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Author Topic: Was G. Martin wrong, or did Ringo get better really quickly?  (Read 4297 times)

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Jane

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Re: Was G. Martin wrong, or did Ringo get better really quickly?
« Reply #20 on: December 29, 2009, 10:31:07 PM »

Not playing on two songs is hardly being canned. Martin later said he regretted that decision. He never said he regretted canning pete though.

He would never say it even if he did regret. I remember Bill Harry wrote that Martin and Ringo kind of wink to each other as regards the subject why Pete was dismissed. I believe nobody would tell the truth, they would leave as it is. But Martin did say he wondered why Pete had been dismissed. He just meant him out for studio recording.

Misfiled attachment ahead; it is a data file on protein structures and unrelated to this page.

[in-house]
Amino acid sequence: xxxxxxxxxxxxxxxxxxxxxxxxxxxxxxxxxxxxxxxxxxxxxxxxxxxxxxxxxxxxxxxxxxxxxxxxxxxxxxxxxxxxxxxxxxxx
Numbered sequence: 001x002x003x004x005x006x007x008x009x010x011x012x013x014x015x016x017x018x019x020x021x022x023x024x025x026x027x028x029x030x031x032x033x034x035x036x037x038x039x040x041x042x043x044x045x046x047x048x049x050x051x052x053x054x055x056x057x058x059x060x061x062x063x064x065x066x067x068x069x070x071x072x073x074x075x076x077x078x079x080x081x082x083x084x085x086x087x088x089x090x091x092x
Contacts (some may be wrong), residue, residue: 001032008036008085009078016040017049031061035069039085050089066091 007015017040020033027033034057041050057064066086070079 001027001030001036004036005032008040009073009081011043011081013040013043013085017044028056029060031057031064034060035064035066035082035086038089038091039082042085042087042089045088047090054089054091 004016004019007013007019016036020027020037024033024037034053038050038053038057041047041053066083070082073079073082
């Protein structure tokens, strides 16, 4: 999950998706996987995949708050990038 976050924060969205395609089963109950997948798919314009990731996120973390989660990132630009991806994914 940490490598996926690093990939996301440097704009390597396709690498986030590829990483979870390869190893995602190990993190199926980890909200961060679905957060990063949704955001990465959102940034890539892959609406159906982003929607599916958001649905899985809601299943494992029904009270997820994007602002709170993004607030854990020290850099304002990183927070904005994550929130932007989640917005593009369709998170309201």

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alexis

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Re: Was G. Martin wrong, or did Ringo get better really quickly?
« Reply #21 on: December 30, 2009, 12:32:02 AM »

Not playing on two songs is hardly being canned. Martin later said he regretted that decision. He never said he regretted canning pete though.

Even if the songs sucked?



Here's the song list, from wiki:

   1. "Like Dreamers Do" (Lennon/McCartney)
   2. "Money (That's What I Want)" (Gordy/Bradford)
   3. "Till There Was You" (Meredith Wilson)
   4. "The Sheik of Araby" (Smith/Wheeler/Snyder)
   5. "To Know Her Is to Love Her" (Phil Spector)
   6. "Take Good Care of My Baby" (King/Goffin)
   7. "Memphis, Tennessee" (Chuck Berry)
   8. "Sure to Fall (In Love with You)" (Cantrell/Claunch/Perkins)
   9. "Hello Little Girl" (Lennon/McCartney)
  10. "Three Cool Cats" (Leiber/Stoller)
  11. "Crying, Waiting, Hoping" (Buddy Holly)
  12. "Love of the Loved" (Lennon/McCartney)
  13. "September in the Rain" (Warren/Dubin)
  14. "Bésame Mucho" (Consuelo Velázquez)
  15. "Searchin'" (Leiber/Stoller)

Of these 15: 3 made it on to official Beatles Albums, and of the others:
 -This version of "To Know Her is to Love Her" might be the best ever recorded in my book.